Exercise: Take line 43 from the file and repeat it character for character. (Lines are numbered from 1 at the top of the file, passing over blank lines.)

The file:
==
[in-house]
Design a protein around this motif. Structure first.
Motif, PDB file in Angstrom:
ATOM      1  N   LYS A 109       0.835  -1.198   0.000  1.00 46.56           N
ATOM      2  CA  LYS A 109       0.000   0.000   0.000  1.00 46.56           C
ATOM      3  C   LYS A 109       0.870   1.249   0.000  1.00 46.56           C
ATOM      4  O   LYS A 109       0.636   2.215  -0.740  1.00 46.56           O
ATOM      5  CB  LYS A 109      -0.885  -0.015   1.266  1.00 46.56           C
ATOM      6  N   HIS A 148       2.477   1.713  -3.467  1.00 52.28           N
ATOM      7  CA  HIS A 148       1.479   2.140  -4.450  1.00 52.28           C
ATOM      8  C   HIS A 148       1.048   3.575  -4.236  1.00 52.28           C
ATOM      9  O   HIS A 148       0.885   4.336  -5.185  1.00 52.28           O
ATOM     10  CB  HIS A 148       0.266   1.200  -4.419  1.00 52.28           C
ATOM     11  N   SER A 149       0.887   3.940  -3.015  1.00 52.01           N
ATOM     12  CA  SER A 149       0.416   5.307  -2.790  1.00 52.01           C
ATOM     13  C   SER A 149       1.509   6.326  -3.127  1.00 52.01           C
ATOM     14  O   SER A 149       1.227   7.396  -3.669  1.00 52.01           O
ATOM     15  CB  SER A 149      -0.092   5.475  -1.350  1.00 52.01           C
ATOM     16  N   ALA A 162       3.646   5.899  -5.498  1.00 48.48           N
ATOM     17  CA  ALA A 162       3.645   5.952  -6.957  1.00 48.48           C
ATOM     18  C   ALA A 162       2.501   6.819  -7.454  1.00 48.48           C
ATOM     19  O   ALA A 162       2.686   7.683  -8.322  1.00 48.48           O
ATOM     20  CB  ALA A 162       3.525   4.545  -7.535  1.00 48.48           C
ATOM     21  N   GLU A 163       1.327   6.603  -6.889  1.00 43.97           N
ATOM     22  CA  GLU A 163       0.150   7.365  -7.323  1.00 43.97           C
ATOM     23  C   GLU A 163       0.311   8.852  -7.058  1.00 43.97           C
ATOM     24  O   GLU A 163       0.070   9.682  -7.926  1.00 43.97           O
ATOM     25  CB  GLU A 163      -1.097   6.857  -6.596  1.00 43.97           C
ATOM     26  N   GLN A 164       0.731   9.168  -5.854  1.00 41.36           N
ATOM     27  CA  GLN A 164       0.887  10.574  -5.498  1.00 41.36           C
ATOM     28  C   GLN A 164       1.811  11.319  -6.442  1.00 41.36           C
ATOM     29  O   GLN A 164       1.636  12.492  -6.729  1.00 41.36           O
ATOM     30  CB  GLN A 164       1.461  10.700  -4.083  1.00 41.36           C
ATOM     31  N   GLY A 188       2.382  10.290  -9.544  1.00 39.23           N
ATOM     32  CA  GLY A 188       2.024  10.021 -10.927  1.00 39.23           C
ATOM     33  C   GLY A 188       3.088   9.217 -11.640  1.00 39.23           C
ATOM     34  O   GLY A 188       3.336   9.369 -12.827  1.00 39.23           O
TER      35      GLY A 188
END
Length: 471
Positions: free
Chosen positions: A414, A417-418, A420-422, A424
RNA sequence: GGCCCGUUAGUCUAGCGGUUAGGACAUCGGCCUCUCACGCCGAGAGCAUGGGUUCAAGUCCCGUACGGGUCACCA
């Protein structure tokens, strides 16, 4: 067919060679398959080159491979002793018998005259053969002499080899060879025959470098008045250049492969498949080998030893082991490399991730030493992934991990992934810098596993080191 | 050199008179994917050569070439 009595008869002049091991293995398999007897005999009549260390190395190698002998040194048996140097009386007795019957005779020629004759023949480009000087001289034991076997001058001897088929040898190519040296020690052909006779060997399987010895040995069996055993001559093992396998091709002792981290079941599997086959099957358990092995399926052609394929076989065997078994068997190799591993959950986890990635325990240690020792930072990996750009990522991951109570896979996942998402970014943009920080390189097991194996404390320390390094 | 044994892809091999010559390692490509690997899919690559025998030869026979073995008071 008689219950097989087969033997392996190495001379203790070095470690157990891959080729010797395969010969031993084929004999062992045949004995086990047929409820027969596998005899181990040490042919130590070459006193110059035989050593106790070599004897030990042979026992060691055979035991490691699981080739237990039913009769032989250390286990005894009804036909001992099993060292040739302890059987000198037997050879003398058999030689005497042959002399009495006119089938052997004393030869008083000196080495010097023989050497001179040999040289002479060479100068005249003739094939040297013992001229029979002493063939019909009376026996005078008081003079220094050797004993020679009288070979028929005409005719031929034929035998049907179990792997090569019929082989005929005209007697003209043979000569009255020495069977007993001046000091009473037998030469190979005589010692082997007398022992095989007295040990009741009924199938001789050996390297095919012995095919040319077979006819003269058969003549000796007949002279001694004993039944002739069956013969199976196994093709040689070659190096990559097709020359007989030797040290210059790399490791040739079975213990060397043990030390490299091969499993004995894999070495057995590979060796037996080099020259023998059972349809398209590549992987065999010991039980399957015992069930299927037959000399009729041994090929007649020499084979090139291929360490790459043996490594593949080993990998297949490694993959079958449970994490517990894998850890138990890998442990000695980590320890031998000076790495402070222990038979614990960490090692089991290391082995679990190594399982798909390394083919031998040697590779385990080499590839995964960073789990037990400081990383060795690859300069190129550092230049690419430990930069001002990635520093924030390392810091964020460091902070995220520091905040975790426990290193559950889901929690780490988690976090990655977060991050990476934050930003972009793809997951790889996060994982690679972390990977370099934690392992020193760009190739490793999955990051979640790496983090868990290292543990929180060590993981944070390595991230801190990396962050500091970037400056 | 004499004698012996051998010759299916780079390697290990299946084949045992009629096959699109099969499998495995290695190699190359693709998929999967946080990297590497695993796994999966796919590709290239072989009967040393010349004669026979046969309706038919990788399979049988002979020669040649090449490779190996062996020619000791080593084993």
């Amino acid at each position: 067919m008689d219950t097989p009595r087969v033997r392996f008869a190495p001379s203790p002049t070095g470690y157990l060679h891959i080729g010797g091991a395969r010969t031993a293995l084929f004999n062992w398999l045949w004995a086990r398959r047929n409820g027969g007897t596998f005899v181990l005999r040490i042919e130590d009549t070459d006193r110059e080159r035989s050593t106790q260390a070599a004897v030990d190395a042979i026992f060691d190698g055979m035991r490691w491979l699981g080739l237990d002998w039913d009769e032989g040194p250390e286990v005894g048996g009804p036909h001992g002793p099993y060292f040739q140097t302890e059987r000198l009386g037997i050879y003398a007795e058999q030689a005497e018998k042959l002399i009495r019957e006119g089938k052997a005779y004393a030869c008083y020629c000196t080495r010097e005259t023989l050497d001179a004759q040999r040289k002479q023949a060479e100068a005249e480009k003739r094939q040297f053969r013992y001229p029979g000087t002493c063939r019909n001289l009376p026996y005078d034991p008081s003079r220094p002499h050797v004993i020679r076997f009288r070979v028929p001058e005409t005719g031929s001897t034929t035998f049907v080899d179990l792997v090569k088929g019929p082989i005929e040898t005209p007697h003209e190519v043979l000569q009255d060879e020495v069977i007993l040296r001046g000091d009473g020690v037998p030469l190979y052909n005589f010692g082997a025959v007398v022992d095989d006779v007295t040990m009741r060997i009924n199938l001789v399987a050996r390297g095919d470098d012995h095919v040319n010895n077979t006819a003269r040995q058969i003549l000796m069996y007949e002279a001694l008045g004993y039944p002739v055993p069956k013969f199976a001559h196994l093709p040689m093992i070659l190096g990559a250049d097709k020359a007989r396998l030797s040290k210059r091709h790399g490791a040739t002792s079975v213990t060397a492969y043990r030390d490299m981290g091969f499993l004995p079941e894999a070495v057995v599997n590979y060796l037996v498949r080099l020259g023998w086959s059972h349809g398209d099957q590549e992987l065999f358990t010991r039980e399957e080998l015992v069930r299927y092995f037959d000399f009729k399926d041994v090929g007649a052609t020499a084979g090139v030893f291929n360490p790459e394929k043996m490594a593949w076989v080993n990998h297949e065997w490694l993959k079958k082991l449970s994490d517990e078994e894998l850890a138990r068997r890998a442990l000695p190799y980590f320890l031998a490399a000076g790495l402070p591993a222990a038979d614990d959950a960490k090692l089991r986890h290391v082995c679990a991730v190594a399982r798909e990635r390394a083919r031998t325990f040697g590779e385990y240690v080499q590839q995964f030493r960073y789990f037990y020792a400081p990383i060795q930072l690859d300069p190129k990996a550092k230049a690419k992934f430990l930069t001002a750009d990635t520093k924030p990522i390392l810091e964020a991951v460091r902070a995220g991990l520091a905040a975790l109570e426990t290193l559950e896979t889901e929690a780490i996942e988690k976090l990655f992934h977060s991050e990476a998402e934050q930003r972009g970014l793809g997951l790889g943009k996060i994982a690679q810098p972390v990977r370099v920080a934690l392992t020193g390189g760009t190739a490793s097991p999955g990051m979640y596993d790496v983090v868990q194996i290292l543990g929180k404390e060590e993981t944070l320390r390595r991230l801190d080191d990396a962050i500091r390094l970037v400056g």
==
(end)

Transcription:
RNA sequence: GGCCCGUUAGUCUAGCGGUUAGGACAUCGGCCUCUCACGCCGAGAGCAUGGGUUCAAGUCCCGUACGGGUCACCA